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Ramaswami Aiyangar Vs. T. Raghava Aiyangar - Court Judgment

LegalCrystal Citation
CourtChennai
Decided On
Judge
Reported in92Ind.Cas.1046
AppellantRamaswami Aiyangar
RespondentT. Raghava Aiyangar
Cases ReferredSurjumull Murlidhar Chandick v. Ananta Lal Damani
Excerpt:
stamp act (ii of 1899), section 85, schedule i, article1 - unstamped document--acknowledgment, whether evidence of debt--oral evidence. - .....judge held that it had to be decided purely on the oral evidence. it is plain that he rejected the 'rokha' without allowing oral evidence as to the surrounding circumstances to be led, on which evidence it was his duty to record a finding whether or not the dominant idea in obtaining the document was to obtain evidence of the debt. see the case quoted by the subordinate judge in surjumull murlidhar chandick v. ananta lal damani 18 l.w. 485 a.i.r. 1922 mad. 352.3. the case must, therefore, go back. i reverse the decree of the lower court and direct that this case be re-heard in the light of the above remarks. costs up to date will abide the result.
Judgment:

Wallace, J.

1. The point at issue in this petition is whether the lower Court was right in ruling that a 'rokha' which plaintiff wanted to file was inadmissible in evidence because unstamped. The 'rokha,' in my view, is certainly an acknowledgment of a debt of Rs. 250 due to plaintiff by defendant and is signed by him, and was left in plaintiff's possession. It contains no promise to pay the debt or any stipulation to pay interest or to deliver property. The only factor remaining, by which it may be brought within Article 1 of the First Schedule of the Stamp Act is whether it was obtained in order to supply evidence of such debt. Plaintiff argues that it was not obtained for that purpose because it is a mere note or extract of defendant's accounts, which plaintiff summoned for but defendant suppressed. Such a point is not one which can be decided on the terms of the document alone. The surrounding circumstances have also to be considered. Now the lower Court rejected the document in limine before any evidence as to 'these circumstances had been led and owing to his action, it is probable, as is urged before me, that all the evidence available regarding these circumstances was not put forward. Even as it is, there is evidence in Exs. A, B and D practically unanswered so far by defendants, which assert definitely that the 'rokha' is only a copy of defendant's own accounts, in which the actual acknowledgment was entered.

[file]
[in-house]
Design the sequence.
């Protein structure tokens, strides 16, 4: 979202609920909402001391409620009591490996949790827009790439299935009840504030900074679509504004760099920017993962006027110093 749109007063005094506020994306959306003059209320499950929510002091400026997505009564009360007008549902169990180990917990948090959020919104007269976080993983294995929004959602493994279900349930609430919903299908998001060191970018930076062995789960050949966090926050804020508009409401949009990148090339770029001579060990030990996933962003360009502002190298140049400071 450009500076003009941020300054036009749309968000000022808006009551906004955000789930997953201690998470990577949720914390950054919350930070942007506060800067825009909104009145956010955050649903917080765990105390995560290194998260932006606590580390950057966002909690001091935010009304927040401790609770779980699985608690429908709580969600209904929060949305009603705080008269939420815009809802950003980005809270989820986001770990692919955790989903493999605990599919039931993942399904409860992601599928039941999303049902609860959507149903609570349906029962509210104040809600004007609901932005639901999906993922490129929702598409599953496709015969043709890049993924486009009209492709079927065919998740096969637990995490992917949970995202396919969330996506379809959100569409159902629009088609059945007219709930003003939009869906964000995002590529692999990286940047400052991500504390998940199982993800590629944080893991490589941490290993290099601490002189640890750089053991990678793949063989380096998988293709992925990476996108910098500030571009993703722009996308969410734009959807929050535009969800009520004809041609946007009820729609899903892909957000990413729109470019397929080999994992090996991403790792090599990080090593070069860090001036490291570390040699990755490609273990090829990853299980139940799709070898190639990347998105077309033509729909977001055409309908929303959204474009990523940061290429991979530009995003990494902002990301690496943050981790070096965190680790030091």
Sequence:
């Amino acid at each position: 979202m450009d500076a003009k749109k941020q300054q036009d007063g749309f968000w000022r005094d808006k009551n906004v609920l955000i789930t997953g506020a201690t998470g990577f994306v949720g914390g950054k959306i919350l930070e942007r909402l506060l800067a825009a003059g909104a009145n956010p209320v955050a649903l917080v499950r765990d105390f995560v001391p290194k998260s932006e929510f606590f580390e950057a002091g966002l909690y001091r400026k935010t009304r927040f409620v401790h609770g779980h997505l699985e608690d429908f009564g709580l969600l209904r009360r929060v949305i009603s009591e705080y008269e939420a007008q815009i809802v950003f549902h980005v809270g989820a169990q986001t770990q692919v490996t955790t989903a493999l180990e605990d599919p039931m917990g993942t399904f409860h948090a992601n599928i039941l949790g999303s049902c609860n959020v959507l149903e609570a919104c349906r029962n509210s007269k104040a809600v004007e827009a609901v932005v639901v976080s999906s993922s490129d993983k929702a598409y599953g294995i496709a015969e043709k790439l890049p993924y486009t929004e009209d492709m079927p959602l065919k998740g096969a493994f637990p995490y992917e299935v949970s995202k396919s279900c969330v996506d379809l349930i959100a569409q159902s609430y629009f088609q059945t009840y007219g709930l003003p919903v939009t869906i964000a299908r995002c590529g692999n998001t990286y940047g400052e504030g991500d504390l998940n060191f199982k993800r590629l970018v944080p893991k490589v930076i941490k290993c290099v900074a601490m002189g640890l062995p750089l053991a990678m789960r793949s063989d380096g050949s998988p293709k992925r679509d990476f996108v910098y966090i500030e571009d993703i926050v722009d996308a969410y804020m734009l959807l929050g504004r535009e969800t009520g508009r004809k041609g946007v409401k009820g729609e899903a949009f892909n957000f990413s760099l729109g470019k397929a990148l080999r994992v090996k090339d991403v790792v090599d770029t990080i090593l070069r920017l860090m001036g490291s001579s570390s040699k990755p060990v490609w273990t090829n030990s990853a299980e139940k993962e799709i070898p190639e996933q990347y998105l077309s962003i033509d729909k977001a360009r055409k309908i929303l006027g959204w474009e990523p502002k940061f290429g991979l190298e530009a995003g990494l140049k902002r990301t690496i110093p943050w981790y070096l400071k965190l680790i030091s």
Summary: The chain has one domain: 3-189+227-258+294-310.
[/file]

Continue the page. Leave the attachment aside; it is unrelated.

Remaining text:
2. In the view he took of the case the Subordinate Judge held that it had to be decided purely on the oral evidence. It is plain that he rejected the 'rokha' without allowing oral evidence as to the surrounding circumstances to be led, on which evidence it was his duty to record a finding whether or not the dominant idea in obtaining the document was to obtain evidence of the debt. See the case quoted by the Subordinate Judge in Surjumull Murlidhar Chandick v. Ananta Lal Damani 18 L.W. 485 A.I.R. 1922 Mad. 352.

3. The case must, therefore, go back. I reverse the decree of the lower Court and direct that this case be re-heard in the light of the above remarks. Costs up to date will abide the result.


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